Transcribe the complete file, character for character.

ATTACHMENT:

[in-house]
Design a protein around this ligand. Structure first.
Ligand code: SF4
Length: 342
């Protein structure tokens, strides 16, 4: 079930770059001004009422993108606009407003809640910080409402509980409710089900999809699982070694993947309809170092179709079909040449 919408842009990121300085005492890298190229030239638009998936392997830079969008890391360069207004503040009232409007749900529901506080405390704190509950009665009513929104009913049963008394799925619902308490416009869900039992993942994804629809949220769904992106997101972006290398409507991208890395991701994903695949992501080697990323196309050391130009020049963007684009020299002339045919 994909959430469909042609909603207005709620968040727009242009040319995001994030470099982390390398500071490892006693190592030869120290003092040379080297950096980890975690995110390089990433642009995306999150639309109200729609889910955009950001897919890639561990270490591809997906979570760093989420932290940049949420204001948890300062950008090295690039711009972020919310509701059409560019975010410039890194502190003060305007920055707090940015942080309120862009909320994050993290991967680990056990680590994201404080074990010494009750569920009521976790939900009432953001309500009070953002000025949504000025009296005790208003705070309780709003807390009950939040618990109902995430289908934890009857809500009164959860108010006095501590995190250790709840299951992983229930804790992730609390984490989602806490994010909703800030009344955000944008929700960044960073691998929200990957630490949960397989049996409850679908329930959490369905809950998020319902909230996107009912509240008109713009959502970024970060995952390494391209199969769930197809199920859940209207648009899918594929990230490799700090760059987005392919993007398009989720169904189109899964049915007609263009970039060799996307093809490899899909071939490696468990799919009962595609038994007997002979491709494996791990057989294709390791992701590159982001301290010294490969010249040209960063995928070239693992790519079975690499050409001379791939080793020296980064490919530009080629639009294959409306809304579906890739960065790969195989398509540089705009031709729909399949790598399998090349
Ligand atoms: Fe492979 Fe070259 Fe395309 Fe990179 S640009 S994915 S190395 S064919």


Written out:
[in-house]
Design a protein around this ligand. Structure first.
Ligand code: SF4
Length: 342
């Protein structure tokens, strides 16, 4: 079930770059001004009422993108606009407003809640910080409402509980409710089900999809699982070694993947309809170092179709079909040449 919408842009990121300085005492890298190229030239638009998936392997830079969008890391360069207004503040009232409007749900529901506080405390704190509950009665009513929104009913049963008394799925619902308490416009869900039992993942994804629809949220769904992106997101972006290398409507991208890395991701994903695949992501080697990323196309050391130009020049963007684009020299002339045919 994909959430469909042609909603207005709620968040727009242009040319995001994030470099982390390398500071490892006693190592030869120290003092040379080297950096980890975690995110390089990433642009995306999150639309109200729609889910955009950001897919890639561990270490591809997906979570760093989420932290940049949420204001948890300062950008090295690039711009972020919310509701059409560019975010410039890194502190003060305007920055707090940015942080309120862009909320994050993290991967680990056990680590994201404080074990010494009750569920009521976790939900009432953001309500009070953002000025949504000025009296005790208003705070309780709003807390009950939040618990109902995430289908934890009857809500009164959860108010006095501590995190250790709840299951992983229930804790992730609390984490989602806490994010909703800030009344955000944008929700960044960073691998929200990957630490949960397989049996409850679908329930959490369905809950998020319902909230996107009912509240008109713009959502970024970060995952390494391209199969769930197809199920859940209207648009899918594929990230490799700090760059987005392919993007398009989720169904189109899964049915007609263009970039060799996307093809490899899909071939490696468990799919009962595609038994007997002979491709494996791990057989294709390791992701590159982001301290010294490969010249040209960063995928070239693992790519079975690499050409001379791939080793020296980064490919530009080629639009294959409306809304579906890739960065790969195989398509540089705009031709729909399949790598399998090349
Ligand atoms: Fe492979 Fe070259 Fe395309 Fe990179 S640009 S994915 S190395 S064919």